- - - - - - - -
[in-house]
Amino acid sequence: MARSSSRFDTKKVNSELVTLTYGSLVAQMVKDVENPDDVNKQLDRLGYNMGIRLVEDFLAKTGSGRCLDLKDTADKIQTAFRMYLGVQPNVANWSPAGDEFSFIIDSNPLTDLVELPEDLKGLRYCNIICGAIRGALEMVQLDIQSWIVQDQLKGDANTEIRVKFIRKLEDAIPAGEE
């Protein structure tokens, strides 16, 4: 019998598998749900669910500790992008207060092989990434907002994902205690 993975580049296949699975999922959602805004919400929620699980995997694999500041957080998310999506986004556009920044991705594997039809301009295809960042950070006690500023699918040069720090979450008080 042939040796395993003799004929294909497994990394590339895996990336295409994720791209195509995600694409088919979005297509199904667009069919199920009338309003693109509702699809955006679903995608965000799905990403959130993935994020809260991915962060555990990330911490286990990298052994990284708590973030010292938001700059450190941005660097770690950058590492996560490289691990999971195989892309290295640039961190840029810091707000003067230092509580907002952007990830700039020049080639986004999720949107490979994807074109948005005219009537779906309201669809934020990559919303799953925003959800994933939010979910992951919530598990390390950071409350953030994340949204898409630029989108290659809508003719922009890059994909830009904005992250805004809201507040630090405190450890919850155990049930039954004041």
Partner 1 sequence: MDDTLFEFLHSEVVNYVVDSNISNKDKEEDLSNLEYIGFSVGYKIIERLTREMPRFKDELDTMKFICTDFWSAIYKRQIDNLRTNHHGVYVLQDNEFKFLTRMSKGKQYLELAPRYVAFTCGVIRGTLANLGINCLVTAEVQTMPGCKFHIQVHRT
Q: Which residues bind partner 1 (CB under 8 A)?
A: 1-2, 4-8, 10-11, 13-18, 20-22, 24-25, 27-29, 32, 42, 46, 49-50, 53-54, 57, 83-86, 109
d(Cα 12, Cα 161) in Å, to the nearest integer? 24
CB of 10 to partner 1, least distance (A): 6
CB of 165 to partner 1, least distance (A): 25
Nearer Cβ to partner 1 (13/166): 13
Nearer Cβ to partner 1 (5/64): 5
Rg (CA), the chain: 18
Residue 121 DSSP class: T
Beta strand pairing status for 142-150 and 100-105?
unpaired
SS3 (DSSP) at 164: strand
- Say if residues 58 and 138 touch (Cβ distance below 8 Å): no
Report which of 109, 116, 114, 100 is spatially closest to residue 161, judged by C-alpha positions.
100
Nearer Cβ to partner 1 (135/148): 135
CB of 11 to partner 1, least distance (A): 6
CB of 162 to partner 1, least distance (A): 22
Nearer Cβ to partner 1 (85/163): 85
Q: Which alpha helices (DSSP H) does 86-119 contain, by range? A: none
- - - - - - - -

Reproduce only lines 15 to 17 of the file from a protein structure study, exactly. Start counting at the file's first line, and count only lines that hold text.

unpaired
SS3 (DSSP) at 164: strand
- Say if residues 58 and 138 touch (Cβ distance below 8 Å): no